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The Protestant Churches and Eastern Europe (October 15, 1965)

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It is not the responsibility of an ecclesiastical memorandum to speculate about when the time will come to abandon this hesitant attitude toward our eastern neighbors. But the formal argument that only a future all-German government is authorized to make such wide-reaching decisions can no longer justify postponing a clarification of the fundamental questions at stake here. The German people need to be prepared for the necessary steps, so that a government can then feel authorized to act when necessary. Such preparation has also become inevitable, because the international situation has clearly changed since the 1950s. At that time, East and West confronted each other as two ideological power-blocs, which practically precluded any independent action by a German government, whereas today there is movement in the frontlines. In this situation, the Western allies also expect a contribution from the Federal Republic of Germany toward détente, which is only possible if the government can count on the understanding and approval of the German people in taking a step in the spirit of reconciliation toward our eastern neighbors.

Again, which individual steps will best promote the goal of reconciliation and reorganization cannot be discussed in this memorandum. The only certainty is that it will not suffice to keep emphasizing the German legal point of view rigidly and one-sidedly, but, at the same time, a German government cannot also be expected to abandon its legal standpoint unconditionally at the outset. It is much more important to create an atmosphere at the outset, both among the German people and abroad, in which individual steps toward reconciliation with our eastern neighbors become possible.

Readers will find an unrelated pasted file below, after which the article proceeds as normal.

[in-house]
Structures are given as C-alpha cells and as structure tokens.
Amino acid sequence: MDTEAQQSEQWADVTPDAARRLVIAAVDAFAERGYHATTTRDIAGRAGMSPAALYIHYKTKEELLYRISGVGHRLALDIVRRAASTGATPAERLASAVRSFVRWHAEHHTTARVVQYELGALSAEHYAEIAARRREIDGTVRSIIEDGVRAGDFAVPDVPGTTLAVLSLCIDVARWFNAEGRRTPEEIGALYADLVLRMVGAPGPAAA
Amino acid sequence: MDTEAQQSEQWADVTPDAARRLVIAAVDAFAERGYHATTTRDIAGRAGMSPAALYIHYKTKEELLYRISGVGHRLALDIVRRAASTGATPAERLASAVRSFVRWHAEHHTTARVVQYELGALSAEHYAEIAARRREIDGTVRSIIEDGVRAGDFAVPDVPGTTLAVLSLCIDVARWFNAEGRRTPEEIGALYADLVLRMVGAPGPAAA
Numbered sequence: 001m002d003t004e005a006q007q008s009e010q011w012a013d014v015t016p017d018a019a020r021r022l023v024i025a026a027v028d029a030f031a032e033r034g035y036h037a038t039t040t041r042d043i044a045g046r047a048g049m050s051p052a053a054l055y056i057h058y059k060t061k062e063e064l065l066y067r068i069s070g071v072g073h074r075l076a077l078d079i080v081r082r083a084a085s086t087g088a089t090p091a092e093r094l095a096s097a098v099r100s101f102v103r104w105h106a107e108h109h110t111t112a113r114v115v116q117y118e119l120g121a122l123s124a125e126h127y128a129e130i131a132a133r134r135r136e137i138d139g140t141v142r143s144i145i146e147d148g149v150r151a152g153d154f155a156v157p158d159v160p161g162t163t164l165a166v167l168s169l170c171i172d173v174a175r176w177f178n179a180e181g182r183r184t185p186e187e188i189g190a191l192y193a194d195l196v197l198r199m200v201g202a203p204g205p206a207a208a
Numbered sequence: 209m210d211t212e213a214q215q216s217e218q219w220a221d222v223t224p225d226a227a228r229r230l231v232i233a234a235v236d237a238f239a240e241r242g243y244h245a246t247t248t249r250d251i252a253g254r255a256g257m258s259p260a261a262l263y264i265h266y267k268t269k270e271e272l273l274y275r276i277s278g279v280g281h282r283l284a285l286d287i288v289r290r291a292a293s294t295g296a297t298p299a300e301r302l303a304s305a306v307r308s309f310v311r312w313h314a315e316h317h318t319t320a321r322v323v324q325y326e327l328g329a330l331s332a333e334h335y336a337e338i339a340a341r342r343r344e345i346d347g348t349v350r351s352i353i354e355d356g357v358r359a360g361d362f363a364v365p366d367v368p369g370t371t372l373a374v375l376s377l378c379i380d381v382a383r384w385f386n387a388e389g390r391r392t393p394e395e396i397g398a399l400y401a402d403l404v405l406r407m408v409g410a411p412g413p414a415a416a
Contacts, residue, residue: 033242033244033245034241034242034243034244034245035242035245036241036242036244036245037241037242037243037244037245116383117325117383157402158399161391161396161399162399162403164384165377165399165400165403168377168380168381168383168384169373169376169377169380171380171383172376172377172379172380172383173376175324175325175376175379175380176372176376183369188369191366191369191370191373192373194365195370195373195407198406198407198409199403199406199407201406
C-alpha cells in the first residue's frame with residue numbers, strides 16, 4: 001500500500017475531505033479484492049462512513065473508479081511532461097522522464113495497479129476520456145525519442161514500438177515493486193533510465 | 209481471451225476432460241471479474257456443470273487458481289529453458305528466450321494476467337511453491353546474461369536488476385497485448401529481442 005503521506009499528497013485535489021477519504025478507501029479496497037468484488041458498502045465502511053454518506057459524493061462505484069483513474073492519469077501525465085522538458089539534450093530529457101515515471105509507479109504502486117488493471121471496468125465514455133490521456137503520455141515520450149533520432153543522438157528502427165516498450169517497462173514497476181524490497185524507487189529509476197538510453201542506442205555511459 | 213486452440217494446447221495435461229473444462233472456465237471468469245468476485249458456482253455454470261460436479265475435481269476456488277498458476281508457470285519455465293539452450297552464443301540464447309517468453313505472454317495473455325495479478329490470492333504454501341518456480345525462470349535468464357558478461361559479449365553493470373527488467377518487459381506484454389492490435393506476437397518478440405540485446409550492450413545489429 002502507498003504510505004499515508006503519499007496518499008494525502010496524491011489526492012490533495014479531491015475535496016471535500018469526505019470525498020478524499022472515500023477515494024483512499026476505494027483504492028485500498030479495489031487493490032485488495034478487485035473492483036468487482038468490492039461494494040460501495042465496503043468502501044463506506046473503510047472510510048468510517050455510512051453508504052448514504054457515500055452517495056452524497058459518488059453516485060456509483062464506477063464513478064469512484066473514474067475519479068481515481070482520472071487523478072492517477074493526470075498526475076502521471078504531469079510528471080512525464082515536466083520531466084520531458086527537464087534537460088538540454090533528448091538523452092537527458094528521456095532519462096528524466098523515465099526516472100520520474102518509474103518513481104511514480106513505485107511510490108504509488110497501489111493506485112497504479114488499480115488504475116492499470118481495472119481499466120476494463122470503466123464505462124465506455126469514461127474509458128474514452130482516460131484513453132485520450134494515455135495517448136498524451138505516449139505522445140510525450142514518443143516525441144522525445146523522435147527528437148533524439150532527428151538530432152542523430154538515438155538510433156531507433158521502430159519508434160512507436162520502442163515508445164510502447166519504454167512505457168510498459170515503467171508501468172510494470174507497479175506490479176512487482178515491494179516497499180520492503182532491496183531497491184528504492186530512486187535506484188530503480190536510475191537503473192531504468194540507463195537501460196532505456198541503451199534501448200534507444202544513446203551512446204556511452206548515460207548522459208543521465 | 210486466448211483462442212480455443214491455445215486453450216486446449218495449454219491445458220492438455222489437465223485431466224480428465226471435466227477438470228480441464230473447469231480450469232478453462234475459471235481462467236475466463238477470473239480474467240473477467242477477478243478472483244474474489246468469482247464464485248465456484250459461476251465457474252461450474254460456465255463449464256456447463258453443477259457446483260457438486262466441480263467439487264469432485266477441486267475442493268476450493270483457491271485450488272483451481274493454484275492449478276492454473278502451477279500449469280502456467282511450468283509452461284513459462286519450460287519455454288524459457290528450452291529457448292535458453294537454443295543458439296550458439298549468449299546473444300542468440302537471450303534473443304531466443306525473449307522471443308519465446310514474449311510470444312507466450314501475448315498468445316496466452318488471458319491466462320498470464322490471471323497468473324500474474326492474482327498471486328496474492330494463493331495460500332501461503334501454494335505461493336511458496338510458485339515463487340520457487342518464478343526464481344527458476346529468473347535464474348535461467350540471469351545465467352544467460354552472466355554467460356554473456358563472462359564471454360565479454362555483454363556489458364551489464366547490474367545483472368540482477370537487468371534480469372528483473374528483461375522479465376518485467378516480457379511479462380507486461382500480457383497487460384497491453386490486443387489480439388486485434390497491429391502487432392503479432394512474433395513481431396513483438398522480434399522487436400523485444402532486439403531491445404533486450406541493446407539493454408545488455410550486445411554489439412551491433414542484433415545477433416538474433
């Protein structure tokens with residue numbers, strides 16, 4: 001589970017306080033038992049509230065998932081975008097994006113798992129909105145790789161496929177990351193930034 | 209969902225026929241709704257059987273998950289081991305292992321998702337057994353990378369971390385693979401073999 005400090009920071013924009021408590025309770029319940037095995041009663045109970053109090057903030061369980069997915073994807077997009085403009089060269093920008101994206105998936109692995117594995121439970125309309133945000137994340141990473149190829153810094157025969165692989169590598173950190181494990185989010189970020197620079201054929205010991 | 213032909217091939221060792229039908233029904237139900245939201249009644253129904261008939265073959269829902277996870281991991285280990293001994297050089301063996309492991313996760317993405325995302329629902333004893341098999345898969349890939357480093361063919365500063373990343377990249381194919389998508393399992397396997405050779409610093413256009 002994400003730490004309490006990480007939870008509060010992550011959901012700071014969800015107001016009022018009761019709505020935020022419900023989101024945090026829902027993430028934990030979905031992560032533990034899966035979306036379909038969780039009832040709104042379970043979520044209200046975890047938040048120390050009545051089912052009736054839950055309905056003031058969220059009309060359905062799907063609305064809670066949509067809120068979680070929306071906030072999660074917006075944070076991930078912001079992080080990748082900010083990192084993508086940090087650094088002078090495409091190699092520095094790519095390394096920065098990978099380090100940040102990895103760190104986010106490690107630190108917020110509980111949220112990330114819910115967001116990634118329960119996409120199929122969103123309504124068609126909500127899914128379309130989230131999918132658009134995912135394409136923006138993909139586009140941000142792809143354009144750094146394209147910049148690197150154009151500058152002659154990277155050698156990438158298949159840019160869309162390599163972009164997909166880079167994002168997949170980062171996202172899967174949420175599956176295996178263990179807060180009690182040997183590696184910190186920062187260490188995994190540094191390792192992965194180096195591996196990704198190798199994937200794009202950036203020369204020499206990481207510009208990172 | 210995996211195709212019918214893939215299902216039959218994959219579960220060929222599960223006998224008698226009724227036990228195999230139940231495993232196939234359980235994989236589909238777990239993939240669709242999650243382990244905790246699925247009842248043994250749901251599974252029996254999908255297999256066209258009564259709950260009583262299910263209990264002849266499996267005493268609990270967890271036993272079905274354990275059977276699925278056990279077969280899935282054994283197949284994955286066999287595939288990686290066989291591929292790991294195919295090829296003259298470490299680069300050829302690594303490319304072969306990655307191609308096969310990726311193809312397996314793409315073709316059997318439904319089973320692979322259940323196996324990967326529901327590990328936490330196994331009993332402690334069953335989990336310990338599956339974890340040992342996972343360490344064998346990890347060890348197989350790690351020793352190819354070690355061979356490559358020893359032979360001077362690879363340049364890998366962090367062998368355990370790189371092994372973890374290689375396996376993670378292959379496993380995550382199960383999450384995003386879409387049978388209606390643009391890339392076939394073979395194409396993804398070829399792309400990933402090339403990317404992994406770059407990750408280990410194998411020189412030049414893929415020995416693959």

This certainly assumes that the will to reconciliation also exists or can be awakened among these [other] nations. These peoples will also have to face the critical question of whether they want to maintain the self-righteousness they so often exhibit vis-à-vis Germany. But the conversation can only begin when the German people indicate that they want to resist their own temptation to harden themselves in self-righteousness.

The present memorandum does not presume to sketch a pathway for those called upon to take the political action described. But it sees it as the responsibility of the church to give the German people a clearer awareness of the goals that really matter in the intra-German discussion, as opposed to what usually happens in this discussion, and to dispel the resistance that often arises against these goals. If politicians' space for negotiating is thereby broadened, then it remains their responsibility to make proper use of this opportunity.

Source: R. Henkys, “Deutschland und die östlichen Nachbarn. Beiträge zu einer evangelischen Denkschrift“ [“Germany and its Eastern Neighbors. Contributions to a Protestant Church Memorandum“]. Stuttgart, 1966, pp. 214 ff; reprinted in Christoph Kleßmann, ed.,Zwei Staaten, eine Nation. Deutsche Geschichte 1955-1970 [Two States, One Nation. German History 1955-1970]. Göttingen ,1988, pp. 508-10.

Translation: Jeremiah Riemer

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